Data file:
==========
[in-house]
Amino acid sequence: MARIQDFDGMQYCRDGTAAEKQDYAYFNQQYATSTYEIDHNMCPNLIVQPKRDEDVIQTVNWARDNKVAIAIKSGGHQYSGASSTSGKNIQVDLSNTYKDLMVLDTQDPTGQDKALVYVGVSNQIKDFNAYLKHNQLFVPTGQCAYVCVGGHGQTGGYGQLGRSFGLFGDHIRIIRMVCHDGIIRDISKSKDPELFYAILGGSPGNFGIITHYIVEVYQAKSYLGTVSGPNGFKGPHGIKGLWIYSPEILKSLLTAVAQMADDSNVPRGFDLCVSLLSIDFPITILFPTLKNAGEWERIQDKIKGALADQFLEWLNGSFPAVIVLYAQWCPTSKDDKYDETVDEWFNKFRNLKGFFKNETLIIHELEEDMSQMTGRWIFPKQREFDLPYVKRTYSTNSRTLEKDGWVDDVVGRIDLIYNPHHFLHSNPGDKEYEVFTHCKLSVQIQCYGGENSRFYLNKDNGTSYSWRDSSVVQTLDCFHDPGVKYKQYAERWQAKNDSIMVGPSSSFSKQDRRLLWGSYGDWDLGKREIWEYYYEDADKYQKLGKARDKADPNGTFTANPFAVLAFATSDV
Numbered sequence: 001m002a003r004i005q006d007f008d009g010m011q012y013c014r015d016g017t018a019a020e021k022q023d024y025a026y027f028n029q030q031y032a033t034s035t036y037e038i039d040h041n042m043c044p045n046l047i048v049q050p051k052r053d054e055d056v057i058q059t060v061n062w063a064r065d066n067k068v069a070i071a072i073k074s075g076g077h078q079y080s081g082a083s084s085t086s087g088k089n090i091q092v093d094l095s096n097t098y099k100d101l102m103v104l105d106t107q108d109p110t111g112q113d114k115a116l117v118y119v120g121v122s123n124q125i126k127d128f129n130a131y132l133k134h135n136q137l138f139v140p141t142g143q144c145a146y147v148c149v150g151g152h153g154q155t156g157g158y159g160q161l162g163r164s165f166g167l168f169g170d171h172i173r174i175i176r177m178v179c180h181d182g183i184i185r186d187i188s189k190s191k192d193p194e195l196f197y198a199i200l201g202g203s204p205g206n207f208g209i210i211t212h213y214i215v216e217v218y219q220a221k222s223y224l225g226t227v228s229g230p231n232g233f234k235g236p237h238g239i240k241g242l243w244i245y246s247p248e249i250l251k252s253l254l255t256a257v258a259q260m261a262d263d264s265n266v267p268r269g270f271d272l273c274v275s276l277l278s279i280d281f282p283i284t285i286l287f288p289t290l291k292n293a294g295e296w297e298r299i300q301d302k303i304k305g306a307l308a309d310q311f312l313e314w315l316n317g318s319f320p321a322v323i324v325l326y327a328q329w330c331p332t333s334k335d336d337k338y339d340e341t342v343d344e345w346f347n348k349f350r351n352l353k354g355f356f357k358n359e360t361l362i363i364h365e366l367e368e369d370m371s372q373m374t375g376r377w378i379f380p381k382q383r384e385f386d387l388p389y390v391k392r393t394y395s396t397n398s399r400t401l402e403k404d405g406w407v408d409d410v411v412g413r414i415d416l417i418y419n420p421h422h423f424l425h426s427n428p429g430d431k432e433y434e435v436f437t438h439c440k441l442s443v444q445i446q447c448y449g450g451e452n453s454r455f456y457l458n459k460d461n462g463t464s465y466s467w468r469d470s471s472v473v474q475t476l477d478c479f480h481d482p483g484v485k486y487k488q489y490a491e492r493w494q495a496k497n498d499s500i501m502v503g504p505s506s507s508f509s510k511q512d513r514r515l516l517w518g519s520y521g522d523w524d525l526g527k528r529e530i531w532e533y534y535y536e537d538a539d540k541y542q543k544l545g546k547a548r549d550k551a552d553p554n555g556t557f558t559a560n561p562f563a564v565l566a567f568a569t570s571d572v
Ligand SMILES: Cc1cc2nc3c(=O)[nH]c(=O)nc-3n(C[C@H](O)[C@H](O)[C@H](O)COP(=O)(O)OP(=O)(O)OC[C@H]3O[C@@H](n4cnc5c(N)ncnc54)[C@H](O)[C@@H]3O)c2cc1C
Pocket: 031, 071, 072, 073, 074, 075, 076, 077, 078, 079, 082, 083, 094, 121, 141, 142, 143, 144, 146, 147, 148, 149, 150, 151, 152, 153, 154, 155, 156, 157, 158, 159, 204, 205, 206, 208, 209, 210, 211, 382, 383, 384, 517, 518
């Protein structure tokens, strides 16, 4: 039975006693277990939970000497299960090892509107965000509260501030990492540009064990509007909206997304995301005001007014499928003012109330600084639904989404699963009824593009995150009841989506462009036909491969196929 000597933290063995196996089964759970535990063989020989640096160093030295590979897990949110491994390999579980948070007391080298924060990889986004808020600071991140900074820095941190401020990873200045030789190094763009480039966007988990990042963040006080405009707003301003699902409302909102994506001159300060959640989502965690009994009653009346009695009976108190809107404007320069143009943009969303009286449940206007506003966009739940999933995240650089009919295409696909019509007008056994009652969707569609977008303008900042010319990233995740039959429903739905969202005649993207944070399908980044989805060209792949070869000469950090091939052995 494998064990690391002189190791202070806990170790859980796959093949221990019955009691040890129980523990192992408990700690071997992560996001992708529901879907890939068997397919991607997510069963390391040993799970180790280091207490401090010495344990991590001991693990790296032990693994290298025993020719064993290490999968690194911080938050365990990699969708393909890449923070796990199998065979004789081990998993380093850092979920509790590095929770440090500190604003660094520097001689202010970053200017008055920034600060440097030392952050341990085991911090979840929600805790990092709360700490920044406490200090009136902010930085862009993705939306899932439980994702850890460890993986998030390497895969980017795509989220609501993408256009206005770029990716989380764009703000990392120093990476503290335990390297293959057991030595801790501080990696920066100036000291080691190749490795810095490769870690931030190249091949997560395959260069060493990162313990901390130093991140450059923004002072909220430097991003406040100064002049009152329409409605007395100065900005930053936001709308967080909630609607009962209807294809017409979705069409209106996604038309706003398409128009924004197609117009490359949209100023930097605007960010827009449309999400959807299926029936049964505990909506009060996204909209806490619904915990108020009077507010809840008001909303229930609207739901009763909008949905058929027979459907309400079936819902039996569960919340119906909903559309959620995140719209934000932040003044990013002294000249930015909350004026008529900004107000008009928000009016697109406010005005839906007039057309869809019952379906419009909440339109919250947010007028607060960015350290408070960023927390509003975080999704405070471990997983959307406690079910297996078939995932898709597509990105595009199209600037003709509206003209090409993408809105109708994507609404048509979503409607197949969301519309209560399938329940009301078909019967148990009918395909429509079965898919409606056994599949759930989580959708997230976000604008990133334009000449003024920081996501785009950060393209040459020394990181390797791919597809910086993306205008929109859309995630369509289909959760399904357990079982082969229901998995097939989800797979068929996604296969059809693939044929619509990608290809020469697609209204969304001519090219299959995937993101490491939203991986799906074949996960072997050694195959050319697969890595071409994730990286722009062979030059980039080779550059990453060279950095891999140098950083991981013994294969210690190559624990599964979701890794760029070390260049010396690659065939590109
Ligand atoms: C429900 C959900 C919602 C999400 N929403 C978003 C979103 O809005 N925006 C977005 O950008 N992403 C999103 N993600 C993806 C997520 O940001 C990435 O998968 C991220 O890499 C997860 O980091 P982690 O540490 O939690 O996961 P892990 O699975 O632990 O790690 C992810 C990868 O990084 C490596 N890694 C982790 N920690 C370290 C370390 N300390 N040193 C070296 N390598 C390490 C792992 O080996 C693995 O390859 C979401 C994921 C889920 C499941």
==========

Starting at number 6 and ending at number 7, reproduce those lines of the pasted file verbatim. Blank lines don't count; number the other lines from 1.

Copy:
């Protein structure tokens, strides 16, 4: 039975006693277990939970000497299960090892509107965000509260501030990492540009064990509007909206997304995301005001007014499928003012109330600084639904989404699963009824593009995150009841989506462009036909491969196929 000597933290063995196996089964759970535990063989020989640096160093030295590979897990949110491994390999579980948070007391080298924060990889986004808020600071991140900074820095941190401020990873200045030789190094763009480039966007988990990042963040006080405009707003301003699902409302909102994506001159300060959640989502965690009994009653009346009695009976108190809107404007320069143009943009969303009286449940206007506003966009739940999933995240650089009919295409696909019509007008056994009652969707569609977008303008900042010319990233995740039959429903739905969202005649993207944070399908980044989805060209792949070869000469950090091939052995 494998064990690391002189190791202070806990170790859980796959093949221990019955009691040890129980523990192992408990700690071997992560996001992708529901879907890939068997397919991607997510069963390391040993799970180790280091207490401090010495344990991590001991693990790296032990693994290298025993020719064993290490999968690194911080938050365990990699969708393909890449923070796990199998065979004789081990998993380093850092979920509790590095929770440090500190604003660094520097001689202010970053200017008055920034600060440097030392952050341990085991911090979840929600805790990092709360700490920044406490200090009136902010930085862009993705939306899932439980994702850890460890993986998030390497895969980017795509989220609501993408256009206005770029990716989380764009703000990392120093990476503290335990390297293959057991030595801790501080990696920066100036000291080691190749490795810095490769870690931030190249091949997560395959260069060493990162313990901390130093991140450059923004002072909220430097991003406040100064002049009152329409409605007395100065900005930053936001709308967080909630609607009962209807294809017409979705069409209106996604038309706003398409128009924004197609117009490359949209100023930097605007960010827009449309999400959807299926029936049964505990909506009060996204909209806490619904915990108020009077507010809840008001909303229930609207739901009763909008949905058929027979459907309400079936819902039996569960919340119906909903559309959620995140719209934000932040003044990013002294000249930015909350004026008529900004107000008009928000009016697109406010005005839906007039057309869809019952379906419009909440339109919250947010007028607060960015350290408070960023927390509003975080999704405070471990997983959307406690079910297996078939995932898709597509990105595009199209600037003709509206003209090409993408809105109708994507609404048509979503409607197949969301519309209560399938329940009301078909019967148990009918395909429509079965898919409606056994599949759930989580959708997230976000604008990133334009000449003024920081996501785009950060393209040459020394990181390797791919597809910086993306205008929109859309995630369509289909959760399904357990079982082969229901998995097939989800797979068929996604296969059809693939044929619509990608290809020469697609209204969304001519090219299959995937993101490491939203991986799906074949996960072997050694195959050319697969890595071409994730990286722009062979030059980039080779550059990453060279950095891999140098950083991981013994294969210690190559624990599964979701890794760029070390260049010396690659065939590109
Ligand atoms: C429900 C959900 C919602 C999400 N929403 C978003 C979103 O809005 N925006 C977005 O950008 N992403 C999103 N993600 C993806 C997520 O940001 C990435 O998968 C991220 O890499 C997860 O980091 P982690 O540490 O939690 O996961 P892990 O699975 O632990 O790690 C992810 C990868 O990084 C490596 N890694 C982790 N920690 C370290 C370390 N300390 N040193 C070296 N390598 C390490 C792992 O080996 C693995 O390859 C979401 C994921 C889920 C499941």